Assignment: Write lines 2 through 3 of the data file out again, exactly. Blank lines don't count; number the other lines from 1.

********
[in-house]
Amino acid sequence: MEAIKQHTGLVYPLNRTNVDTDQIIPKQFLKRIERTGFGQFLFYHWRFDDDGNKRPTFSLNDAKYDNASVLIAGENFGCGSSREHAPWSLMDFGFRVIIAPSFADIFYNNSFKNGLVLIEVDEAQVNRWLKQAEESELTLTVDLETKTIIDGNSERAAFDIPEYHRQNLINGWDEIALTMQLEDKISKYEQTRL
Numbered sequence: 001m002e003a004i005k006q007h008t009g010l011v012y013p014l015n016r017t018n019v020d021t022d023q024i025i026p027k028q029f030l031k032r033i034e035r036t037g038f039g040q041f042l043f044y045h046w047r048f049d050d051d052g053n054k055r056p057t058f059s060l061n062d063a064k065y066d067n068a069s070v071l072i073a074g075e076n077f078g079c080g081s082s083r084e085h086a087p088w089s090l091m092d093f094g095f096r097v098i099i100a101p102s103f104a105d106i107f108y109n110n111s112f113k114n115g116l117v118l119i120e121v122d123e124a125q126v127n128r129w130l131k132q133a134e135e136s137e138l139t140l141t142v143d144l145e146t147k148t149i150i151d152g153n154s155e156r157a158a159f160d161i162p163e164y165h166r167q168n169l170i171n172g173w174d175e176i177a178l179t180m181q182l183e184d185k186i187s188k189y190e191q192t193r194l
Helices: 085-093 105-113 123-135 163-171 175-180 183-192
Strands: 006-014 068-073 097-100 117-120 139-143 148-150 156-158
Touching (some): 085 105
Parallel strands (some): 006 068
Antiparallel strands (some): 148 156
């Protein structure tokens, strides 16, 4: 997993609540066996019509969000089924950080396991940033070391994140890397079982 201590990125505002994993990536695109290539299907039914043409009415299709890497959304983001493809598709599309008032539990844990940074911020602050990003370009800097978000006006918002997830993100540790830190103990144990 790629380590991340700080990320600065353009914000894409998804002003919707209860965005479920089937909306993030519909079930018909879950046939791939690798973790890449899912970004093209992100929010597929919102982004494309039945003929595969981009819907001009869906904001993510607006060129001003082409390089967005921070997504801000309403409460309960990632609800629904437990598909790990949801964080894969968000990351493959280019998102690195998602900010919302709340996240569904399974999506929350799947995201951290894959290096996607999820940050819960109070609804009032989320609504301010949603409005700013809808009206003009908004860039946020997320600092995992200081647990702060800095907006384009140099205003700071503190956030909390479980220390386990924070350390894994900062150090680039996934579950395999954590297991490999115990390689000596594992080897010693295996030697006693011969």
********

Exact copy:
Amino acid sequence: MEAIKQHTGLVYPLNRTNVDTDQIIPKQFLKRIERTGFGQFLFYHWRFDDDGNKRPTFSLNDAKYDNASVLIAGENFGCGSSREHAPWSLMDFGFRVIIAPSFADIFYNNSFKNGLVLIEVDEAQVNRWLKQAEESELTLTVDLETKTIIDGNSERAAFDIPEYHRQNLINGWDEIALTMQLEDKISKYEQTRL
Numbered sequence: 001m002e003a004i005k006q007h008t009g010l011v012y013p014l015n016r017t018n019v020d021t022d023q024i025i026p027k028q029f030l031k032r033i034e035r036t037g038f039g040q041f042l043f044y045h046w047r048f049d050d051d052g053n054k055r056p057t058f059s060l061n062d063a064k065y066d067n068a069s070v071l072i073a074g075e076n077f078g079c080g081s082s083r084e085h086a087p088w089s090l091m092d093f094g095f096r097v098i099i100a101p102s103f104a105d106i107f108y109n110n111s112f113k114n115g116l117v118l119i120e121v122d123e124a125q126v127n128r129w130l131k132q133a134e135e136s137e138l139t140l141t142v143d144l145e146t147k148t149i150i151d152g153n154s155e156r157a158a159f160d161i162p163e164y165h166r167q168n169l170i171n172g173w174d175e176i177a178l179t180m181q182l183e184d185k186i187s188k189y190e191q192t193r194l